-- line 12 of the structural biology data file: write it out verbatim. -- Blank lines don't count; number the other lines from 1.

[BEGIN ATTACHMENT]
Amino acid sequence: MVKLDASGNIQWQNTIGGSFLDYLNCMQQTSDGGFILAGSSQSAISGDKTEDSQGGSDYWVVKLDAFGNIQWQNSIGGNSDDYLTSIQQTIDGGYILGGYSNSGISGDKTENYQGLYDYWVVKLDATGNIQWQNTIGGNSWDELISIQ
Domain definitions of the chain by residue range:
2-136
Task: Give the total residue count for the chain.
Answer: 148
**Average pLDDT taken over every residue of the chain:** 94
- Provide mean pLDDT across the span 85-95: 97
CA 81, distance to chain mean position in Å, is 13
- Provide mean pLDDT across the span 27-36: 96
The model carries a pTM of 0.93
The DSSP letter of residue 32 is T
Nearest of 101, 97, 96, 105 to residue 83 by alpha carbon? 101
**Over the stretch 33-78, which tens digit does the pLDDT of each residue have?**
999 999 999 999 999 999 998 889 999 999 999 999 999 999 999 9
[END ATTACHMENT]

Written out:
Nearest of 101, 97, 96, 105 to residue 83 by alpha carbon? 101